As teachers walk the picket lines today, the first of six rotating one-day strikes by the Fédération autonome de l’enseignement, many have packed a box lunch, probably consisting of a sandwich, some fruits and vegetables, maybe with a slice of cheese and some crackers.
The Quebec cabinet will also be eating lunch at their regular 11 a.m. meeting. On the menu provided by one of six catering firms will be a selection of tantalizing meals that will cost taxpayers $54 per minister per meal, according to documents obtained by Canadian Press. In 2014–15, the free lunch amounted to a $1,404 perk for each minister for the 41 catered meals.
When teachers themselves give up their lunch hours to serve on various government consultative committees and the like, they’re reimbursed just $14.30. And when they give them up to supervise extracurricular activities or to help struggling students, they don’t receive a cent. The government doesn’t even count it as time worked.
The contrast between the belt-tightening rhetoric of Quebec’s Couillard government and its own actions isn’t lost on the half a million employees whose contracts are currently being negotiated. While teachers and nurses are being told they must work longer and harder for less, Liberal MNAs are clamouring for 50-per-cent pay hikes while ministers are chowing down on “filet mignon porc, sauce pommes et calvados” or “parfait de foie gras, toast de brioche à la tapenade de truffe et champignons.”
Even Marie Antoinette would be red-faced at the optic of lobster lunches served up at meetings where ministers are demanding that one of the lowest-paid teaching forces in Canada accept a two-year wage freeze and an increase in their “official” work week from 32 to 35 or even 40 hours.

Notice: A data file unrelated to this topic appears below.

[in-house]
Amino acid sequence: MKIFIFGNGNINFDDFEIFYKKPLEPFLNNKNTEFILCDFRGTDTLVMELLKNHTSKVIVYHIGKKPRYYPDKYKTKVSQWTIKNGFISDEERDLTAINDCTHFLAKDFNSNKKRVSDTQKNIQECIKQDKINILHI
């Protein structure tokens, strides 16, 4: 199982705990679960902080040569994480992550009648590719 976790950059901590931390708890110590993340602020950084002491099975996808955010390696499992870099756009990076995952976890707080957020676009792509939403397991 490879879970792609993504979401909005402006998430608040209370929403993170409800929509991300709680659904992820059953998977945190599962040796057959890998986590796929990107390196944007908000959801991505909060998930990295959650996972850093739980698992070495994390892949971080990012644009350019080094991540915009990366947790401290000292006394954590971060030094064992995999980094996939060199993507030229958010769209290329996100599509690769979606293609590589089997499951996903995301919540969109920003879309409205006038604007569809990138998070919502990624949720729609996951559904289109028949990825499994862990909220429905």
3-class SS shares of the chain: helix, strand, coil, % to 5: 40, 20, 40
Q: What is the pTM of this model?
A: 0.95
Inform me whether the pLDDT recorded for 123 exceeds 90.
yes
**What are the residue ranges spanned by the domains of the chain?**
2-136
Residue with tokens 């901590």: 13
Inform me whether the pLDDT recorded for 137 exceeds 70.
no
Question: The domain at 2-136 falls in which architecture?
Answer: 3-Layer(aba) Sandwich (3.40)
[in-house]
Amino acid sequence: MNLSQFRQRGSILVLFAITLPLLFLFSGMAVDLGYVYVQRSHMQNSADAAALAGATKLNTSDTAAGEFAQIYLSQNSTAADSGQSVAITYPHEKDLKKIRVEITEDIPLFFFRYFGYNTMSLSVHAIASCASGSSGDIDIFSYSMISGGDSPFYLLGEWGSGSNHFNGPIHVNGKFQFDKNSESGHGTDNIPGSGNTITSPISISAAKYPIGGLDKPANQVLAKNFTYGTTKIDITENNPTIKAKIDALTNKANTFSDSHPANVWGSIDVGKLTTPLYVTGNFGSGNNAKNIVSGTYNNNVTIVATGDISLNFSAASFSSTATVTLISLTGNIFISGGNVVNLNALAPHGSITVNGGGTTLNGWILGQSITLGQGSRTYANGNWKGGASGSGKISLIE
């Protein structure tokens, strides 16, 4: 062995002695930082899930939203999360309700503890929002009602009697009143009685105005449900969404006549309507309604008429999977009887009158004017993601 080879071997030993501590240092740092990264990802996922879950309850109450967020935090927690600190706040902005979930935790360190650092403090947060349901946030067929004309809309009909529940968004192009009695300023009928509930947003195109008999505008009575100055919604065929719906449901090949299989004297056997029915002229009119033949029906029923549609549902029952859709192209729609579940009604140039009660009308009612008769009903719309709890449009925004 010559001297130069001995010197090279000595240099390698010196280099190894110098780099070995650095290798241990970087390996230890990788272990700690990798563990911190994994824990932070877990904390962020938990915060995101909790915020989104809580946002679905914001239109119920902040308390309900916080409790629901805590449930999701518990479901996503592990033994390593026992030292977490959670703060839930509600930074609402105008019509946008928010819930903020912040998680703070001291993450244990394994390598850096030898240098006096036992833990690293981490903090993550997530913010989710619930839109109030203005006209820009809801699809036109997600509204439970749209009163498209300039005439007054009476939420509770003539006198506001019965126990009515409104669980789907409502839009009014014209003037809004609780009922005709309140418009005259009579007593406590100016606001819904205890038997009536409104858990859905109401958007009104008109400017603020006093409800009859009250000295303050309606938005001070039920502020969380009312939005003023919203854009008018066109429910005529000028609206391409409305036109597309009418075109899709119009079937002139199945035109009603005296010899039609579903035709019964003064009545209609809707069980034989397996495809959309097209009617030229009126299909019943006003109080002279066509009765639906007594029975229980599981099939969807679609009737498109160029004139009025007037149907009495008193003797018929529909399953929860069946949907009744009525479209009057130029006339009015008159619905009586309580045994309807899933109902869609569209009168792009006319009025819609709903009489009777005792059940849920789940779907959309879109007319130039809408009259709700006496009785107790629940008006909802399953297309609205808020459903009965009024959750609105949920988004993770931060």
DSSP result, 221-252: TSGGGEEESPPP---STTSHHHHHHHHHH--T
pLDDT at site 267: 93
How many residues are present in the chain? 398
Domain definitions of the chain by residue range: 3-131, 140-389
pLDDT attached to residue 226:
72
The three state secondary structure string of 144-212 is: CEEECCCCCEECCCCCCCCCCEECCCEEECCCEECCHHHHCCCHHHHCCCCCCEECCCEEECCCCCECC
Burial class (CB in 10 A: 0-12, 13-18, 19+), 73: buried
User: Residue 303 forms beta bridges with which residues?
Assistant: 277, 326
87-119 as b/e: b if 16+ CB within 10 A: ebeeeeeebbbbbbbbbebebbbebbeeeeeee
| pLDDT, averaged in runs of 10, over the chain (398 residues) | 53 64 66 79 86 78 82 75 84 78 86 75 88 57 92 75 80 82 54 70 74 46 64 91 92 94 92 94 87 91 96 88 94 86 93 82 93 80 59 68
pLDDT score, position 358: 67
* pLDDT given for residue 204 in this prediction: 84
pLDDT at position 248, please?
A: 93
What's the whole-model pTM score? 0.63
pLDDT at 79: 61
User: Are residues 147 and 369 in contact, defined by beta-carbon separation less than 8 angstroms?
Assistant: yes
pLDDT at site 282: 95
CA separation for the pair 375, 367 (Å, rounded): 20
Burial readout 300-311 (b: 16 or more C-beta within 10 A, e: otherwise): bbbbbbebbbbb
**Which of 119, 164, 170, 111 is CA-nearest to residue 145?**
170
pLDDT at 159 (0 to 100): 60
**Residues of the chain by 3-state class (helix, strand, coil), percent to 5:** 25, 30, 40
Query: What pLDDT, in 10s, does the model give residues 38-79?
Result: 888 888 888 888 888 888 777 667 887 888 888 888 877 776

As a mother of four, Marie would have immediately recognized the validity of the teachers’ argument when they note that “our working conditions are your child’s learning conditions.” She might even agree that increasing class sizes are bound to hurt students’ chances for success and that budget cuts that have reduced library hours and decimated pedagogical counselling services will hurt learning both inside and outside the classroom.
Of course, eliminating bourgeois box lunches or even MNA pay hikes won’t be enough to balance the budget. While such excess is symbolic of a political elite that is blind to its own privilege, it’s a drop in the budget bucket.
The loss of government income through tax avoidance, however, is not.
While tax evasion is illegal, tax avoidance is rampant in Quebec and elsewhere. The Canada Revenue Agency defines avoidance as “actions … taken to minimize tax, while within the letter of the law, those actions contravene the object and spirit of the law.”
It’s a bit of a strange definition, given that it admits the flaw comes from having laws whose objectives and spirit can be easily circumvented. It’s a little like chastising water for leaking out of your rusty pipes, but whatever.
The federal treasury is estimated to be losing as much as $8-billion a year in revenues from $170-billion in assets tucked away in some 70 off-shore tax havens. Quebec, to its credit, has finally decided to take a hard look at the problem and has created a parliamentary commission that is examining the problem of tax havens. The commission hearings start today, but there’s a minor problem:
All of the banks and financial firms invited to participate in the hearings have declined an invitation to attend. The major banks — which are all on the top 10 list of Canadian profit-makers — instead passed the buck to their lobby group, the Canadian Bankers Association, which also declined the invite but sent a nice brochure, apparently, and maybe a toaster.
So Canada’s major banks and finance corporations evidently don’t give a rat’s ass about what Quebec politicians might think about tax avoidance schemes. They know that they have a friend in Ottawa who will help maintain the status quo and that they have the power to cripple any upstart new government that might be thinking about fixing the rusty pipes.
Maybe that’s why Quebec is acting like the kid who just had his lunch money stolen by the biggest bully in the school yard. Finance minister Carlos Leitao is turning to the even scrawnier kids and telling them it’s their turn to empty their pockets. ■
Peter Wheeland is a Montreal journalist. His sardonic observations about the city and province appear on Cult MTL every week. You can contact him by Email or follow him on Twitter.